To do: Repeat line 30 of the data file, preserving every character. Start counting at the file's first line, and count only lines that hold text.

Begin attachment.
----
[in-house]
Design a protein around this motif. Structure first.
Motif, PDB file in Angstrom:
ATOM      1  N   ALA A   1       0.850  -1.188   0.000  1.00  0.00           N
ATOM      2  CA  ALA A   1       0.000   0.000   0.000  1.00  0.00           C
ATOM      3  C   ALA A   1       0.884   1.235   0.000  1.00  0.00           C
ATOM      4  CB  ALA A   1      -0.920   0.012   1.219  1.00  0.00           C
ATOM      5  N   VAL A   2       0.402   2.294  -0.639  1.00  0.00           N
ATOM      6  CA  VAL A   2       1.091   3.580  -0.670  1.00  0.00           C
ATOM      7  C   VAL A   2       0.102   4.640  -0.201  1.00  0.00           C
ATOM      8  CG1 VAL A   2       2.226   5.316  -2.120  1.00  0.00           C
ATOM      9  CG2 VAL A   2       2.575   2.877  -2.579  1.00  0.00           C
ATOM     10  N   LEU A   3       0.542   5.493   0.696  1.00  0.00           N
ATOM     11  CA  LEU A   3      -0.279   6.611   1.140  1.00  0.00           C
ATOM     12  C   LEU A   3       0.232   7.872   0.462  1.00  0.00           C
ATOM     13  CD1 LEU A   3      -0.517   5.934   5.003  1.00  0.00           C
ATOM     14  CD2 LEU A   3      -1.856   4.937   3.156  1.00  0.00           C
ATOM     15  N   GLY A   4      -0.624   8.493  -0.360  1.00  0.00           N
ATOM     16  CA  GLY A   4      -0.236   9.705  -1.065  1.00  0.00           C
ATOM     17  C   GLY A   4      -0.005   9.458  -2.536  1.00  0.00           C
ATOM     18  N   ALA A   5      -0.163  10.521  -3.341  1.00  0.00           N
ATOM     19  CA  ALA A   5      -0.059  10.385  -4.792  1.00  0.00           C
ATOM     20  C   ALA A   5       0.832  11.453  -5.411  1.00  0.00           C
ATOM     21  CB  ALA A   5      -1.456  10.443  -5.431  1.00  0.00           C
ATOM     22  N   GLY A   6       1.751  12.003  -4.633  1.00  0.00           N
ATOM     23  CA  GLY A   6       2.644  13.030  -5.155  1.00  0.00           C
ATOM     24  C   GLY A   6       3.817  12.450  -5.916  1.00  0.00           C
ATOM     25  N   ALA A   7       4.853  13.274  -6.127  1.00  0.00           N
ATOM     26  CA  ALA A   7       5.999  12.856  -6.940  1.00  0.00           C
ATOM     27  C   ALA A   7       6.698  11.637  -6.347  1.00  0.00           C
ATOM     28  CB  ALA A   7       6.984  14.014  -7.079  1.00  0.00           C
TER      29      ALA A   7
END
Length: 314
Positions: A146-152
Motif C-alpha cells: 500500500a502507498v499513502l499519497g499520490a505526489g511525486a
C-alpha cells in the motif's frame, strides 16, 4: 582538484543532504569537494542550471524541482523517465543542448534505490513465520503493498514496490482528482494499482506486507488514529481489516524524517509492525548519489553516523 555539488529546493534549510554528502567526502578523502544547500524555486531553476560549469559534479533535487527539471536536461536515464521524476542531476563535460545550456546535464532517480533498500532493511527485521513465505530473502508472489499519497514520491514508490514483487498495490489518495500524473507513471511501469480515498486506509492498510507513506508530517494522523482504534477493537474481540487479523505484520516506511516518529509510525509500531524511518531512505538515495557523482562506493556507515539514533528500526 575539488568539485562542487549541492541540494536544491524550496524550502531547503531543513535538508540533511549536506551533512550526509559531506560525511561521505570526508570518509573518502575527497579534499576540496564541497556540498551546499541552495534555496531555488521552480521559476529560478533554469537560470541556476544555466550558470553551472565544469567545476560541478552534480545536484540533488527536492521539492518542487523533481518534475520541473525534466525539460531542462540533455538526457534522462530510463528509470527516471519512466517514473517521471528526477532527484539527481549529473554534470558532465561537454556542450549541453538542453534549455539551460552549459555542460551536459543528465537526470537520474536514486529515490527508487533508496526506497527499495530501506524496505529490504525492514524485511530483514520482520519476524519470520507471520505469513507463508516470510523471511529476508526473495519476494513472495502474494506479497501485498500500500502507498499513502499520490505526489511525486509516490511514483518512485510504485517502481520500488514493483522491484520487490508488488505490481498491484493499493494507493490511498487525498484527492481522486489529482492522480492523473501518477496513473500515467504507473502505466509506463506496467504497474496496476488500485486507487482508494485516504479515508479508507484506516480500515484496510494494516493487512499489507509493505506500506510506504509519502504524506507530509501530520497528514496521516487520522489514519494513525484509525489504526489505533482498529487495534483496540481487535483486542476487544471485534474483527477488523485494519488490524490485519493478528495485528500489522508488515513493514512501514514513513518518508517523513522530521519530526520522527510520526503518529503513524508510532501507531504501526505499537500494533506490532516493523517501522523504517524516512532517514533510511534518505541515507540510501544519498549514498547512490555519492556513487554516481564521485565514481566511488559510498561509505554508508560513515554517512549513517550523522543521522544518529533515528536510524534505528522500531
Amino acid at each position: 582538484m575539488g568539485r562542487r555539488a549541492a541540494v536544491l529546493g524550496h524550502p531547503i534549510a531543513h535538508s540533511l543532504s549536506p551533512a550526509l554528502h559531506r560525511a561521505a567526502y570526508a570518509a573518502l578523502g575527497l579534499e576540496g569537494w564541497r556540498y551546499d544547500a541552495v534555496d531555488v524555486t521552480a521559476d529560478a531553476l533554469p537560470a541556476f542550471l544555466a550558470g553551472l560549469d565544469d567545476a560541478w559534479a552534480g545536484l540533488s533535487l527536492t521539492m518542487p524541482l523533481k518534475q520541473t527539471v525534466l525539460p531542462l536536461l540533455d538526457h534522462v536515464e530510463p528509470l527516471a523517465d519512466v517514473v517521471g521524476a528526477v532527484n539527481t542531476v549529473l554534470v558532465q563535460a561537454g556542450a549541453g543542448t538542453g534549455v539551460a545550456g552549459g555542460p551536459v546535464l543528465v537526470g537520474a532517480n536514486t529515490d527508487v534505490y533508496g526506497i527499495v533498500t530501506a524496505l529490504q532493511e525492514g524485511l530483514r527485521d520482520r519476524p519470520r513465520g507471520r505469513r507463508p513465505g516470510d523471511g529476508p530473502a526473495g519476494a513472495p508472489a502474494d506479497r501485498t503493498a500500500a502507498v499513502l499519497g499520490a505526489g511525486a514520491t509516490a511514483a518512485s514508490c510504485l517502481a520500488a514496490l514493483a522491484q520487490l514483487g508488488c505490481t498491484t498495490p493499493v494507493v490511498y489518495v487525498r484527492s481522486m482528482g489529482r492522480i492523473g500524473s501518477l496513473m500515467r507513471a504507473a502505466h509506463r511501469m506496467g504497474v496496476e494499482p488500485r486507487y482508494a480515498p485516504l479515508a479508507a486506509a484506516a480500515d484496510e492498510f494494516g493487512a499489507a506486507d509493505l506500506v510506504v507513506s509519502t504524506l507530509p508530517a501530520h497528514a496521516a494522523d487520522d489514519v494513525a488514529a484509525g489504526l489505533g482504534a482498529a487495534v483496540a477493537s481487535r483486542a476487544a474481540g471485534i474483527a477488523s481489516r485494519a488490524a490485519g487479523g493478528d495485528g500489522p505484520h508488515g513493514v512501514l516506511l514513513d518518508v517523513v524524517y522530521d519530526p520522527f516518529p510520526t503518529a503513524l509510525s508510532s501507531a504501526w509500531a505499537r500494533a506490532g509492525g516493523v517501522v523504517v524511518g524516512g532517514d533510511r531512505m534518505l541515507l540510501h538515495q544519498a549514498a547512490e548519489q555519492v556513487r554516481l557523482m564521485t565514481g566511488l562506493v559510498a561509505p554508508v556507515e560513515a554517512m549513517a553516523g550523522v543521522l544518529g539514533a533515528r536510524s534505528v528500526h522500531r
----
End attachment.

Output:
ATOM     27  C   ALA A   7       6.698  11.637  -6.347  1.00  0.00           C